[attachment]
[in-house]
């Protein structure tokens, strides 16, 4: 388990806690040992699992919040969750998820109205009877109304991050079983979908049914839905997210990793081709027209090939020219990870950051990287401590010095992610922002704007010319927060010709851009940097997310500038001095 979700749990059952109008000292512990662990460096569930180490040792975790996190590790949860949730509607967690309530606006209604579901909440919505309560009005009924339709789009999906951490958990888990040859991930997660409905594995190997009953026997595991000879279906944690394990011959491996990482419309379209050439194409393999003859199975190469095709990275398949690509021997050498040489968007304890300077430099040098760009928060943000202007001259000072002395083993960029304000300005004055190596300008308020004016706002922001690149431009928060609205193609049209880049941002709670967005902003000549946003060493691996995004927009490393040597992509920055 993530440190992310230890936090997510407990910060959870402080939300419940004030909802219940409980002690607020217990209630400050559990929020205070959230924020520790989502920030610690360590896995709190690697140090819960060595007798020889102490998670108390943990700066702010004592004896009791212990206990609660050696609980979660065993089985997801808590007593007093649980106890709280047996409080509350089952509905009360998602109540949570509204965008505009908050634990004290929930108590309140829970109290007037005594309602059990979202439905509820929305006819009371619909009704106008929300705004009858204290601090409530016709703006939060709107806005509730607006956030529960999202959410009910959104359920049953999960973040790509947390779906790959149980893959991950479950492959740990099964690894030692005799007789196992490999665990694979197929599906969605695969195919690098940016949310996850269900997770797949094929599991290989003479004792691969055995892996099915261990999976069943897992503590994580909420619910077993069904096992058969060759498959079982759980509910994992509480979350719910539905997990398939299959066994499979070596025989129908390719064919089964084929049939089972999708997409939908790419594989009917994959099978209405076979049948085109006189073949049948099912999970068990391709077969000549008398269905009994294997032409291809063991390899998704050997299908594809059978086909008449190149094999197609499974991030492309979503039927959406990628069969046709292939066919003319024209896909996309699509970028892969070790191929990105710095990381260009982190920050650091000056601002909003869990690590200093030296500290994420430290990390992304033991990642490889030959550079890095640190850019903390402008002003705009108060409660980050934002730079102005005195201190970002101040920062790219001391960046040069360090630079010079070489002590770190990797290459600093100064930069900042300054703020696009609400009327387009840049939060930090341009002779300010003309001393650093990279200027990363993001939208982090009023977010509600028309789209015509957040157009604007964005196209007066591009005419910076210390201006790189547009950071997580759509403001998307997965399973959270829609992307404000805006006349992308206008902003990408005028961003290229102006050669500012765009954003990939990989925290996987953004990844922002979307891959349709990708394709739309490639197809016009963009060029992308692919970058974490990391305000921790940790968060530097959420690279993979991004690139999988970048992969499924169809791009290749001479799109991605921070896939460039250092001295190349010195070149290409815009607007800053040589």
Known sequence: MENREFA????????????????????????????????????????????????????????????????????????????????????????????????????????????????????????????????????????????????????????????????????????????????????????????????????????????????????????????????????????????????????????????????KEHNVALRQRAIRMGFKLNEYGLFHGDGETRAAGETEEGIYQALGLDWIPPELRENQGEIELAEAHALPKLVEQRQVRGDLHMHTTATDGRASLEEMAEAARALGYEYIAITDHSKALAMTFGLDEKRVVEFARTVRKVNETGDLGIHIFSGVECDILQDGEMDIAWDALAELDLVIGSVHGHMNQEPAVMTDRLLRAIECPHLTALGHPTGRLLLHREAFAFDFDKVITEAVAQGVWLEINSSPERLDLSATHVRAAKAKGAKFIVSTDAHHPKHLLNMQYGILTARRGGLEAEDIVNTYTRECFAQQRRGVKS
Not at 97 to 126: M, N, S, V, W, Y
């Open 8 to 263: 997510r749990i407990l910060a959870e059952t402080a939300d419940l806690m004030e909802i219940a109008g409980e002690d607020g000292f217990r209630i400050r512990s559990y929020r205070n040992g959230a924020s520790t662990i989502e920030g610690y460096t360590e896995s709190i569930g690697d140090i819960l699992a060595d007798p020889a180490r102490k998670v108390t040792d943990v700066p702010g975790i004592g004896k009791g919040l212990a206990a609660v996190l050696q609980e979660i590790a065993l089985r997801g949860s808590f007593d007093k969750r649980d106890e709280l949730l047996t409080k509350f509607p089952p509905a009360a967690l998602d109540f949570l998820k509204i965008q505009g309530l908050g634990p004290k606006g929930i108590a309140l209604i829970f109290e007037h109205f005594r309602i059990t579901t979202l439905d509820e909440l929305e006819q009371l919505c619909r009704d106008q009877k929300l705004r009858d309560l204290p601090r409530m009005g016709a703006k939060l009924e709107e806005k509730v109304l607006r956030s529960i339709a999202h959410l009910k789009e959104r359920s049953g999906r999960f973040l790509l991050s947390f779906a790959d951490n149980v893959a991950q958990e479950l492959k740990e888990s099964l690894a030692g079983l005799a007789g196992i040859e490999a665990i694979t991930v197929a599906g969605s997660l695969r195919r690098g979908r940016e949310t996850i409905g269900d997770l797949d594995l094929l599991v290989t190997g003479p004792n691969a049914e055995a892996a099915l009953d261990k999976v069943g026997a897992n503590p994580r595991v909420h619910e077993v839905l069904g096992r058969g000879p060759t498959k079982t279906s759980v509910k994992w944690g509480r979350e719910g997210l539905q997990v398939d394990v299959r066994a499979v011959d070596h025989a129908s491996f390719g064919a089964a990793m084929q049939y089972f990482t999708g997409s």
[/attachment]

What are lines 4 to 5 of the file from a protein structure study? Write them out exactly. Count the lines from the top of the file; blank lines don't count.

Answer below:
Not at 97 to 126: M, N, S, V, W, Y
């Open 8 to 263: 997510r749990i407990l910060a959870e059952t402080a939300d419940l806690m004030e909802i219940a109008g409980e002690d607020g000292f217990r209630i400050r512990s559990y929020r205070n040992g959230a924020s520790t662990i989502e920030g610690y460096t360590e896995s709190i569930g690697d140090i819960l699992a060595d007798p020889a180490r102490k998670v108390t040792d943990v700066p702010g975790i004592g004896k009791g919040l212990a206990a609660v996190l050696q609980e979660i590790a065993l089985r997801g949860s808590f007593d007093k969750r649980d106890e709280l949730l047996t409080k509350f509607p089952p509905a009360a967690l998602d109540f949570l998820k509204i965008q505009g309530l908050g634990p004290k606006g929930i108590a309140l209604i829970f109290e007037h109205f005594r309602i059990t579901t979202l439905d509820e909440l929305e006819q009371l919505c619909r009704d106008q009877k929300l705004r009858d309560l204290p601090r409530m009005g016709a703006k939060l009924e709107e806005k509730v109304l607006r956030s529960i339709a999202h959410l009910k789009e959104r359920s049953g999906r999960f973040l790509l991050s947390f779906a790959d951490n149980v893959a991950q958990e479950l492959k740990e888990s099964l690894a030692g079983l005799a007789g196992i040859e490999a665990i694979t991930v197929a599906g969605s997660l695969r195919r690098g979908r940016e949310t996850i409905g269900d997770l797949d594995l094929l599991v290989t190997g003479p004792n691969a049914e055995a892996a099915l009953d261990k999976v069943g026997a897992n503590p994580r595991v909420h619910e077993v839905l069904g096992r058969g000879p060759t498959k079982t279906s759980v509910k994992w944690g509480r979350e719910g997210l539905q997990v398939d394990v299959r066994a499979v011959d070596h025989a129908s491996f390719g064919a089964a990793m084929q049939y089972f990482t999708g997409s």